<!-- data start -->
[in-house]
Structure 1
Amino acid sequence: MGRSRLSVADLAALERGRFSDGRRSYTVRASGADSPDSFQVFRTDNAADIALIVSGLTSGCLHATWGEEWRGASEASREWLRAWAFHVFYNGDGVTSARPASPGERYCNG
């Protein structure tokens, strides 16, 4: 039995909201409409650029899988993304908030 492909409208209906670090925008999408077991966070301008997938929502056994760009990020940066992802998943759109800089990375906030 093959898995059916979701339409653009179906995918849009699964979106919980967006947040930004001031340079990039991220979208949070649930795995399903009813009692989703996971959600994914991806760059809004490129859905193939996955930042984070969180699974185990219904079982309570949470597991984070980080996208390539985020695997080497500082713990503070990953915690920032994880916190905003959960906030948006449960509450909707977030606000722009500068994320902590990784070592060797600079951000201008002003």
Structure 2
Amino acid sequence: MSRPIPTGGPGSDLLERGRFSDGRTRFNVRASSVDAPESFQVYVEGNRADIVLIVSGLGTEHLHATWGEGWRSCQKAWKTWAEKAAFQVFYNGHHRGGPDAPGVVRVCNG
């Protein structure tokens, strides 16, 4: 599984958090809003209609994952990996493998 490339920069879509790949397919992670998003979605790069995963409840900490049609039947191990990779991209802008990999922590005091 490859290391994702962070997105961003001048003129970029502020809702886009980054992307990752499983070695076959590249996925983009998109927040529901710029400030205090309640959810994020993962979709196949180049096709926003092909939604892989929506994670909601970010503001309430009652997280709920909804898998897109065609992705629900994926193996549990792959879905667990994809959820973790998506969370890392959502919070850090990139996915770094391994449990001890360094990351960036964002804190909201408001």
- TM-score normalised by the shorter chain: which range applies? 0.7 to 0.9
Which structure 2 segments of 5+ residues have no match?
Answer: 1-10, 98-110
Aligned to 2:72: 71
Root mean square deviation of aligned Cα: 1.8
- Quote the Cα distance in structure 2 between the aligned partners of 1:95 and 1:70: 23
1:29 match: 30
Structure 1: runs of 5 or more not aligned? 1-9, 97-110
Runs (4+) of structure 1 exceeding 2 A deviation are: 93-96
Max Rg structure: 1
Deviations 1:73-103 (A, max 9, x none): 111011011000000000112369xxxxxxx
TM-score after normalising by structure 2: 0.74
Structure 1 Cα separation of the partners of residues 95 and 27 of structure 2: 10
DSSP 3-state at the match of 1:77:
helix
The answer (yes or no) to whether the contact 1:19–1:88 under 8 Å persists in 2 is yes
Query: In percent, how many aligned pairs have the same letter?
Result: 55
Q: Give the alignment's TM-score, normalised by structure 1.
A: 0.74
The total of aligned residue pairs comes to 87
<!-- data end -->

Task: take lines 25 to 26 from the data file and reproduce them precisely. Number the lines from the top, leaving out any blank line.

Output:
Result: 55
Q: Give the alignment's TM-score, normalised by structure 1.